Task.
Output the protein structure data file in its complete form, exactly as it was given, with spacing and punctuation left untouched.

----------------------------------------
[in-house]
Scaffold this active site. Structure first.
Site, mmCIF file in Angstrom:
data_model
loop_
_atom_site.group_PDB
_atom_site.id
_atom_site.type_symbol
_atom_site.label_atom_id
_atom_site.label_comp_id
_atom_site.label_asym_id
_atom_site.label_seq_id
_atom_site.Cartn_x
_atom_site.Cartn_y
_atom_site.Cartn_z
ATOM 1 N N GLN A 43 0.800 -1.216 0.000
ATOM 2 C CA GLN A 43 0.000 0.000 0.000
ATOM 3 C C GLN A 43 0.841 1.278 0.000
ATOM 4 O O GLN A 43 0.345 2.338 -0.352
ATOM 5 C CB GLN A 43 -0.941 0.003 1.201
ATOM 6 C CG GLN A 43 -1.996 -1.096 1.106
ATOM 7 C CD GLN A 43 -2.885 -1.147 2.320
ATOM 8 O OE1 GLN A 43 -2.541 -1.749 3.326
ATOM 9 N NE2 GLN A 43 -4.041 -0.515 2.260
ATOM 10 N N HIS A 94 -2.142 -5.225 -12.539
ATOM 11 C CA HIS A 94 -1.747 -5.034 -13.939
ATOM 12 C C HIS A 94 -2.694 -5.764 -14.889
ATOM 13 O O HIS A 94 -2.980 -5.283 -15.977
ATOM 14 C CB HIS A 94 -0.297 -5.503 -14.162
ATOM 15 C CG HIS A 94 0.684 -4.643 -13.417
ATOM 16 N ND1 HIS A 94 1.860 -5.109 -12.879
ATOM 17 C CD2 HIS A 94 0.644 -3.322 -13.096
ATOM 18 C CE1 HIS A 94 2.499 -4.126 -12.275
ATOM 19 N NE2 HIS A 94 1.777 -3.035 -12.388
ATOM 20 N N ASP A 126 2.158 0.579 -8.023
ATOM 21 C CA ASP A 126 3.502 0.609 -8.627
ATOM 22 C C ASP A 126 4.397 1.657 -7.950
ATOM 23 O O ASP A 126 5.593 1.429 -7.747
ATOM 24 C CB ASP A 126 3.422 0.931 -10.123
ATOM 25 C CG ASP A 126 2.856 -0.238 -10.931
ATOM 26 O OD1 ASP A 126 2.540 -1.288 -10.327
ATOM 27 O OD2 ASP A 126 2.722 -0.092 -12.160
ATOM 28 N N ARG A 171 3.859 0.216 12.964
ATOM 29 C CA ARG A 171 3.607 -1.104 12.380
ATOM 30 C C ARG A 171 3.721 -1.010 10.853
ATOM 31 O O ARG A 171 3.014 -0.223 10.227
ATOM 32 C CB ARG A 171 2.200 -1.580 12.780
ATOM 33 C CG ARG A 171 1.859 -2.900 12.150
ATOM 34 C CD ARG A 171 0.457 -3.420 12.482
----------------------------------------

[in-house]
Scaffold this active site. Structure first.
Site, mmCIF file in Angstrom:
data_model
loop_
_atom_site.group_PDB
_atom_site.id
_atom_site.type_symbol
_atom_site.label_atom_id
_atom_site.label_comp_id
_atom_site.label_asym_id
_atom_site.label_seq_id
_atom_site.Cartn_x
_atom_site.Cartn_y
_atom_site.Cartn_z
ATOM 1 N N GLN A 43 0.800 -1.216 0.000
ATOM 2 C CA GLN A 43 0.000 0.000 0.000
ATOM 3 C C GLN A 43 0.841 1.278 0.000
ATOM 4 O O GLN A 43 0.345 2.338 -0.352
ATOM 5 C CB GLN A 43 -0.941 0.003 1.201
ATOM 6 C CG GLN A 43 -1.996 -1.096 1.106
ATOM 7 C CD GLN A 43 -2.885 -1.147 2.320
ATOM 8 O OE1 GLN A 43 -2.541 -1.749 3.326
ATOM 9 N NE2 GLN A 43 -4.041 -0.515 2.260
ATOM 10 N N HIS A 94 -2.142 -5.225 -12.539
ATOM 11 C CA HIS A 94 -1.747 -5.034 -13.939
ATOM 12 C C HIS A 94 -2.694 -5.764 -14.889
ATOM 13 O O HIS A 94 -2.980 -5.283 -15.977
ATOM 14 C CB HIS A 94 -0.297 -5.503 -14.162
ATOM 15 C CG HIS A 94 0.684 -4.643 -13.417
ATOM 16 N ND1 HIS A 94 1.860 -5.109 -12.879
ATOM 17 C CD2 HIS A 94 0.644 -3.322 -13.096
ATOM 18 C CE1 HIS A 94 2.499 -4.126 -12.275
ATOM 19 N NE2 HIS A 94 1.777 -3.035 -12.388
ATOM 20 N N ASP A 126 2.158 0.579 -8.023
ATOM 21 C CA ASP A 126 3.502 0.609 -8.627
ATOM 22 C C ASP A 126 4.397 1.657 -7.950
ATOM 23 O O ASP A 126 5.593 1.429 -7.747
ATOM 24 C CB ASP A 126 3.422 0.931 -10.123
ATOM 25 C CG ASP A 126 2.856 -0.238 -10.931
ATOM 26 O OD1 ASP A 126 2.540 -1.288 -10.327
ATOM 27 O OD2 ASP A 126 2.722 -0.092 -12.160
ATOM 28 N N ARG A 171 3.859 0.216 12.964
ATOM 29 C CA ARG A 171 3.607 -1.104 12.380
ATOM 30 C C ARG A 171 3.721 -1.010 10.853
ATOM 31 O O ARG A 171 3.014 -0.223 10.227
ATOM 32 C CB ARG A 171 2.200 -1.580 12.780
ATOM 33 C CG ARG A 171 1.859 -2.900 12.150
ATOM 34 C CD ARG A 171 0.457 -3.420 12.482